Training your cannabis plant is a terrific way to encourage bigger yields. It is quite a training-friendly plant and responds well to it.
Cannabis responds well to training techniques because it is quite resilient and vigorous. It recovers quickly and rewards you with improved growth and bigger, more resinous buds.
However, if you’re a beginner, you need to be careful. Many newbie growers make mistakes during training that can lead to various problems like stunted growth, smaller yields, and in worst cases, dead plants.
You must train your plant with finesse. And in this article, we show you how to do that by avoiding the most common training mistakes.
Untrained cannabis plant
The first training mistake many newbie growers make is not training their cannabis plant at all — you need not be that grower.
If you are growing your plant indoors, there’s limited space. You are not exploiting the full growth potential of your plant if you are not training it well to optimize the indoor space.
This does not only apply to some specific strains but almost all strains. In fact, even small auto-flowering strains are quite responsive to training.
So, if you want to get bigger yields, you must train your cannabis plant the right way to optimize light and air exposure.
Great Scrog by Synthamesc
Journal by Synthamesc shows a great example of Scrogging. ScrOG, or screen of green, is perhaps the most popular (and effective) training method for cannabis plants worldwide. This method involves using metal or plastic grids over the plant canopy, which are used to guide the growing branches.
The eventual goal is to have an even canopy, so each bud site receives uniform light that eventually grows big and healthy.
Prepare for trouble if you use improper techniques while ScrOG-ing your cannabis plant.
One of the most common mistakes growers make is not giving enough time to the process. ScrOG is time and labor-intensive. You need to dedicate time and effort to guide the branches to grow an even canopy.
Another common mistake is keeping the screen too close to the medium. This is an invitation for various diseases due to inadequate air circulation below the canopy.
Some growers also tend to use the wrong size screens to hold the branches, which entirely defeats the purpose of ScrOG-ing. You won't see much success if you simply install the screen and hope the branches grow through the grids. The screen may even get in the way of the growth.
You must understand how your plant reacts to being topped and its growth style and install a suitable screen to optimize the results.
Excellent Mainlining by FEMALESEXORGANLOVER
In this journal, the grower shows a perfect example of Mainlining. Mainlining is a technique to grow multiple colas instead of one by Topping the plant several times. The split branches are then tied down to optimize air and light exposure.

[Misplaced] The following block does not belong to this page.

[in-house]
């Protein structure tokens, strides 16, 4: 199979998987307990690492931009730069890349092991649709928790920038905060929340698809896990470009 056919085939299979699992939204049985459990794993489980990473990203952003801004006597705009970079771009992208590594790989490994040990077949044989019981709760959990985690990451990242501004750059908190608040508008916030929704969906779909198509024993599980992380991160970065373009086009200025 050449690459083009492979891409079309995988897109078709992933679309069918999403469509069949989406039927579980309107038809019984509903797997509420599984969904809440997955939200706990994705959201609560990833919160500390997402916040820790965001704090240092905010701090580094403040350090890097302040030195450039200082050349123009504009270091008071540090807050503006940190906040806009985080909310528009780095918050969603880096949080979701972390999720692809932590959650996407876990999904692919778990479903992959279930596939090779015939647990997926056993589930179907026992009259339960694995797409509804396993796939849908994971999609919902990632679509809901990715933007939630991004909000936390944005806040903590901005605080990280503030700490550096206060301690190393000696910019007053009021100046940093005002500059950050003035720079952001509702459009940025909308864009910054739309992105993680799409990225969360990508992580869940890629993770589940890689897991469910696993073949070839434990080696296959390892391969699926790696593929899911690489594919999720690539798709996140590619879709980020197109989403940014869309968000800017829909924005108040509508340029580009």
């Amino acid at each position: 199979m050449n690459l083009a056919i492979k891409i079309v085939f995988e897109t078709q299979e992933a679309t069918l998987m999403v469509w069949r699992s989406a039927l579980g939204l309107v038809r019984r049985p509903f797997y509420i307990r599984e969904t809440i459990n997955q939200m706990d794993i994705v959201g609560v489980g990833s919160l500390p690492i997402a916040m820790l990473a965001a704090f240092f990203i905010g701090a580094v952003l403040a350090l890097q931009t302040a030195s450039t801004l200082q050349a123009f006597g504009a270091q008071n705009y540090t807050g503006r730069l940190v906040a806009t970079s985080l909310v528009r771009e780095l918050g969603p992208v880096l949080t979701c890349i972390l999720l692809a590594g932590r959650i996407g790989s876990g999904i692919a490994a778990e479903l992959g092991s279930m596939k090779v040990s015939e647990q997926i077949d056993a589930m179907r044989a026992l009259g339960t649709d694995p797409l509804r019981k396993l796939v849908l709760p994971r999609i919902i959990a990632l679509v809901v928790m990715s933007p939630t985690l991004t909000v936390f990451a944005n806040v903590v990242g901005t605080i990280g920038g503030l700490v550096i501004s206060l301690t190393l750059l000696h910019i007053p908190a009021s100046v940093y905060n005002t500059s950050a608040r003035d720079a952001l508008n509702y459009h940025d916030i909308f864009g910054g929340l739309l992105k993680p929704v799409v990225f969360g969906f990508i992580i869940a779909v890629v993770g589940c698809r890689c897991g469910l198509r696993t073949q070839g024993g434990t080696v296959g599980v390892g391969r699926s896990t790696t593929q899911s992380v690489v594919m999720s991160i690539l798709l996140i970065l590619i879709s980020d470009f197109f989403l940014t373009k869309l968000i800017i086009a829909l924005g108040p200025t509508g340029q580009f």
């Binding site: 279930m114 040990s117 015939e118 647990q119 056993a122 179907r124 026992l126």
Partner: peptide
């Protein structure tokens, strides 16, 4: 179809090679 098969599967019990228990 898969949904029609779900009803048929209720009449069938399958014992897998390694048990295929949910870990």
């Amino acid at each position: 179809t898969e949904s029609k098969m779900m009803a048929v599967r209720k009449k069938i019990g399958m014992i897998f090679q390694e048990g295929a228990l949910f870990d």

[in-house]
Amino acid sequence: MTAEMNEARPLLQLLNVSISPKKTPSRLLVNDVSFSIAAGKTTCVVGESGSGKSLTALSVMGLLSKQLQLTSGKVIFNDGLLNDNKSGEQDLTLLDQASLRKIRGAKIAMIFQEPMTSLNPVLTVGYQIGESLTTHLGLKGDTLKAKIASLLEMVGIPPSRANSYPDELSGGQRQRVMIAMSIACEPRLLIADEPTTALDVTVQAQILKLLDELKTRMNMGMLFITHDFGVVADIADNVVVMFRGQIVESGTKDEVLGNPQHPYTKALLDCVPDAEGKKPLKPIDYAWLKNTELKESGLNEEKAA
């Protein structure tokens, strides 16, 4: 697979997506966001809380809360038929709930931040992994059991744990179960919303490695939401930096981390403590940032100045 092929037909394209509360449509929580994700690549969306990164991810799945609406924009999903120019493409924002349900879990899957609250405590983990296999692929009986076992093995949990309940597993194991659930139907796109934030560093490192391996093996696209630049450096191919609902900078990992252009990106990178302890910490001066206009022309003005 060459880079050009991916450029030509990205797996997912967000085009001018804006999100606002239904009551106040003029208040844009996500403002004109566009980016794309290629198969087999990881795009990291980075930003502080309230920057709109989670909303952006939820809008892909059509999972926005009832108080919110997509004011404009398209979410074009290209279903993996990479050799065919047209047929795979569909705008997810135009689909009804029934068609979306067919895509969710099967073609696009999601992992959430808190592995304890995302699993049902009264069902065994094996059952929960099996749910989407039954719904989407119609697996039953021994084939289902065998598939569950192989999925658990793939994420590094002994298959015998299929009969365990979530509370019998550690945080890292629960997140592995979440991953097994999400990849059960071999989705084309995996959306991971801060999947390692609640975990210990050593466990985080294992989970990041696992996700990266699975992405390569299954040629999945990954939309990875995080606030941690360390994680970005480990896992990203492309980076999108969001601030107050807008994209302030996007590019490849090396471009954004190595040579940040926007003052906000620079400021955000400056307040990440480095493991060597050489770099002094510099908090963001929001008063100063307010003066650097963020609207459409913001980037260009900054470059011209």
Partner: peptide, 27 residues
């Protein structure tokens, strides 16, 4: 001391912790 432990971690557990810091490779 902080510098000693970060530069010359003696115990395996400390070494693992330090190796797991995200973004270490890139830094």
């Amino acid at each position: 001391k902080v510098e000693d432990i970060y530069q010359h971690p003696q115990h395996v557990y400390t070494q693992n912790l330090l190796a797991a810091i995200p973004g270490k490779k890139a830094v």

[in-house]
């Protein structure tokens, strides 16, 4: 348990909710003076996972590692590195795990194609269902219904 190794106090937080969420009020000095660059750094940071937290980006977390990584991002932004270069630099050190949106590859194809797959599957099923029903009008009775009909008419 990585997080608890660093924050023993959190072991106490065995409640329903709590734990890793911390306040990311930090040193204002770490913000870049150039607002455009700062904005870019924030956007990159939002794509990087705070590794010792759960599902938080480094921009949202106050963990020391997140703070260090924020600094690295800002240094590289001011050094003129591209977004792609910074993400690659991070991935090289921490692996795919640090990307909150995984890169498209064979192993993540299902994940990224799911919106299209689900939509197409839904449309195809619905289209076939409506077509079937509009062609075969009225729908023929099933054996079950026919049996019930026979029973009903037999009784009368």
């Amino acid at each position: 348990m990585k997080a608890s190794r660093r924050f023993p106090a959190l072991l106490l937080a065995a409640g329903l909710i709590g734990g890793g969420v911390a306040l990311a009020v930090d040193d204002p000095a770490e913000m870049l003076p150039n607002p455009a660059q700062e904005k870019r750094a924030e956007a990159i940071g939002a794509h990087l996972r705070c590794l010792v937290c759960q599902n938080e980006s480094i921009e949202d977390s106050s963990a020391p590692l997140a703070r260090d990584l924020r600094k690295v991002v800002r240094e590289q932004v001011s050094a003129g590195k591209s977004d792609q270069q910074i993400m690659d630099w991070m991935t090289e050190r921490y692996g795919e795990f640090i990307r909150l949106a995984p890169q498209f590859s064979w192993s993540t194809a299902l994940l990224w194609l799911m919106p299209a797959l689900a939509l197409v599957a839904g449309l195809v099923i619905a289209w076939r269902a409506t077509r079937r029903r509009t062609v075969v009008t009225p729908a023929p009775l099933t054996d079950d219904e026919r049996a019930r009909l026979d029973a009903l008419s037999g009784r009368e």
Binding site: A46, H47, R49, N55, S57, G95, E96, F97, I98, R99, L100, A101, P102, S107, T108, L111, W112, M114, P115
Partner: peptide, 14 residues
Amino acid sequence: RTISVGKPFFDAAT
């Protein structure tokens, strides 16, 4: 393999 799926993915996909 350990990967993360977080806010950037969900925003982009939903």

Although Topping the plant works as an excellent method to increase the number of colas, you may damage your plant if you get too impatient.
If you top too early or don’t give enough time for your plant to recover, you may end up with stunted growth or dense branches. The latter may hamper air and light exposure, causing all kinds of problems for your plant.
So, when you top your plants during mainlining, you must let the branches grow enough before Topping again so the plant can recover fully and the branches don’t get overcrowded.
Ideally, you can repeat Topping when you have the same number of nodes as the topping number. For instance, two nodes must grow before the second Topping, and three nodes must grow before the third Topping, and so on. This way, the plant won’t fight for space and grow with vigor.
Topping by Mrs_Larimar
In this journal, you can see a good example of how to divide the main cola into several colas by Topping. In this case, Mrs. Larimar has Topped at the right time but you can ruin your plant if you top it too late. Therefore, you must Top your plant at the right time as doing it too late can cause problems like stunted growth and lower yields.
The ideal time to Top or cut off the tips of the plant is during the second week of its vegetative phase. Ideally, you can do it once the plant grows 3-5 nodes because the branches are malleable, and Topping may produce at least two main stems. The result is an improved yield, bushier buds, and consistent growth.
If you miss this window, your plant will start taking the usual “Christmas tree” shape with one main branch. Of course, you can still Top it, but it’s not worth the risk.
Some growers also recommend Topping the plant during bloom, but you should avoid this at all costs. Bloom Topping may cause your plant to direct its resources to recover and not bud development, hampering your yield. Moreover, why would you want to cut off your flowering buds, anyway?
Just switched to 12/12 - CordersGreen